By: H. Anne Thurston, Columnist
There are side benefits which come my way to add to the enjoyment I find in writing for the Gazette – a privilege I never dreamed I would experience. The smiles and thank you’s from friends, acquaintances and strangers are wonderful. The other day I was filing my gas tank when a person on the opposite side of the hoses smiled my way and told me how much he looked forward to the Gazette each Wednesday and my column. Then there was the phone call that came in from Chicago and a friend who reads the Gazette on line.
He had discovered an error in a recent column and wanted to alert me to it. The minute he spoke about my mistake I realized I had been wrong and his explanation was ‘on the money’. When he offered to write it and send the correction to me I assured him I would appreciate sharing it with my readers. The following are his words:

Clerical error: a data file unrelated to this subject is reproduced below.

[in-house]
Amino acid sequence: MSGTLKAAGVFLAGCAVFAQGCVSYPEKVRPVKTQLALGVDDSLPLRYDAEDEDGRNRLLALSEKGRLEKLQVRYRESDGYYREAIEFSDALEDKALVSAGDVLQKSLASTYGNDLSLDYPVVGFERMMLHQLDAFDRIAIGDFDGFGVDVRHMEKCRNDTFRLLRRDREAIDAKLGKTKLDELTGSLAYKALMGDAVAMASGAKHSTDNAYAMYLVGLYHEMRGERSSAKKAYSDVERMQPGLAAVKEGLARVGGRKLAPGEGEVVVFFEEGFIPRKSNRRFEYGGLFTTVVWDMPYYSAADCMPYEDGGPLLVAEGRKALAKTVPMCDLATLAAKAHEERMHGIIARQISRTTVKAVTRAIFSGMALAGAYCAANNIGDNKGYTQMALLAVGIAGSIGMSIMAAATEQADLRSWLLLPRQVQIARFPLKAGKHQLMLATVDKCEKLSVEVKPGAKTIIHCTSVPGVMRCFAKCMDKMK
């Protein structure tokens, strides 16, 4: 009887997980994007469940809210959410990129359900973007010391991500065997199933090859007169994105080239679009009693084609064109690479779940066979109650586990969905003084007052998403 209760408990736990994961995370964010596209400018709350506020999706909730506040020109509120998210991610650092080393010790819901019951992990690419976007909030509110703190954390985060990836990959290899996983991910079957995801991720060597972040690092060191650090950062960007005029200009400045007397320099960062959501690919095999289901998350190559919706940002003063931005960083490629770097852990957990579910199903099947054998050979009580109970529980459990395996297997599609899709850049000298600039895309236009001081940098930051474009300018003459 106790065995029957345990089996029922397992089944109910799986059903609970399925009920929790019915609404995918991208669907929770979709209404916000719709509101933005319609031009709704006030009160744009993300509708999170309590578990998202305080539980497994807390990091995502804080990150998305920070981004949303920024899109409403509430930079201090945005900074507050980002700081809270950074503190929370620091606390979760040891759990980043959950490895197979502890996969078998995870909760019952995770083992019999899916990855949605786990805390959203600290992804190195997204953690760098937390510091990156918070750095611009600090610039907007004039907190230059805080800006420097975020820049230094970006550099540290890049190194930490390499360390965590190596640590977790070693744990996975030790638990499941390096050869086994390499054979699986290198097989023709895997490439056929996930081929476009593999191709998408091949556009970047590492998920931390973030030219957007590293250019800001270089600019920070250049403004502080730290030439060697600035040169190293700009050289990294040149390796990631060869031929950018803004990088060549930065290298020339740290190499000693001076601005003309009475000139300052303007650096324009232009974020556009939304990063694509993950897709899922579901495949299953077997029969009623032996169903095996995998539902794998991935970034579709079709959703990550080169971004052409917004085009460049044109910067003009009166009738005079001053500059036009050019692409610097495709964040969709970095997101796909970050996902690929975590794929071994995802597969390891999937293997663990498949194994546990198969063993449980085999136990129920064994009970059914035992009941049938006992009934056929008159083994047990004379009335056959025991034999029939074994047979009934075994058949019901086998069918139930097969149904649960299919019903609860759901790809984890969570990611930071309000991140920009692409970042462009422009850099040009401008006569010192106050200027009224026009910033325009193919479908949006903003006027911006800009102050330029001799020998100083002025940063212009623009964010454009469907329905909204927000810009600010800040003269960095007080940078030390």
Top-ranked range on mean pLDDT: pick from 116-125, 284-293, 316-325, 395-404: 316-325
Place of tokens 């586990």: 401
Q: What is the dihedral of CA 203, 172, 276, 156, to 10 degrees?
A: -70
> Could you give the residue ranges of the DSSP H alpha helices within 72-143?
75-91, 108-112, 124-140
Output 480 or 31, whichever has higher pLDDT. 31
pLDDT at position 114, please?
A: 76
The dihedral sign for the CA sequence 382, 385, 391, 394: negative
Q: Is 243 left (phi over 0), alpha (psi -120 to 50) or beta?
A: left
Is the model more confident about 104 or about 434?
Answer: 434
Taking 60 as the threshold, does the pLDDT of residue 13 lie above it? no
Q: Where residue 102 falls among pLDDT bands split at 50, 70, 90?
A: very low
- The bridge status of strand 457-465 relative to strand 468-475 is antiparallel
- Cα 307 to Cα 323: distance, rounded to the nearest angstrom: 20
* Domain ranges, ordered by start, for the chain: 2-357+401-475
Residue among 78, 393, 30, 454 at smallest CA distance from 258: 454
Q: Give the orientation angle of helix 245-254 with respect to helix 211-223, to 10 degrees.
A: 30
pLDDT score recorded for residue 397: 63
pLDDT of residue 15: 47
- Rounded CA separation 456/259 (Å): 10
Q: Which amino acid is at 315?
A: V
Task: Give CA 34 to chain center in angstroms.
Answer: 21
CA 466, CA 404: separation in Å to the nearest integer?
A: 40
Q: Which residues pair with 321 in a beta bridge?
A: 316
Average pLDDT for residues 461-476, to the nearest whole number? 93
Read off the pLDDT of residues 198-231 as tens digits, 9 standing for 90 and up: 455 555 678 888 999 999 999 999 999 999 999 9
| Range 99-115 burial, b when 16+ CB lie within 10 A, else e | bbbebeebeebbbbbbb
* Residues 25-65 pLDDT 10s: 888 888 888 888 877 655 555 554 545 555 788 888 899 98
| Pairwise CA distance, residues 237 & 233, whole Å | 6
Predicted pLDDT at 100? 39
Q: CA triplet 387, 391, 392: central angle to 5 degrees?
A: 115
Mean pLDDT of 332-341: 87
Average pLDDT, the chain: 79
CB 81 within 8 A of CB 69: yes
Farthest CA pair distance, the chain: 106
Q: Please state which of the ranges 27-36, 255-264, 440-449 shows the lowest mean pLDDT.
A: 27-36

Your recent column about the survey system was quite interesting as it has been a subject I have had to work with all of my professional life as a real estate lawyer.
One aspect of real estate involves ‘legal’ descriptions, that is, precise descriptions of a single parcel. In this context, real estate, as an asset having intrinsic value can be land (in the form of farms, highways, or city lots) or air (in the form of a condominium where the ownership is that of a three dimensional space described in the survey and condominium declaration) or even water (the latter being a condominium declaration relating to a marina where the spaces are individually owned. It is thus necessary to know exactly where the property in question is located, and even all condominiums must eventually be tied to a specific parcel.
Real Estate in Michigan and several other Midwest states is tied to the national survey system, created in the early 1800’s, which divides property into mile squares. The squares are generally described as being in a numbered six mile square described as a township North (or South) of a known base line, and East or West of a known principal meridian. The reason real estate descriptions were never computerized is because of the numbering system used to describe the 36 square miles in a six mile township.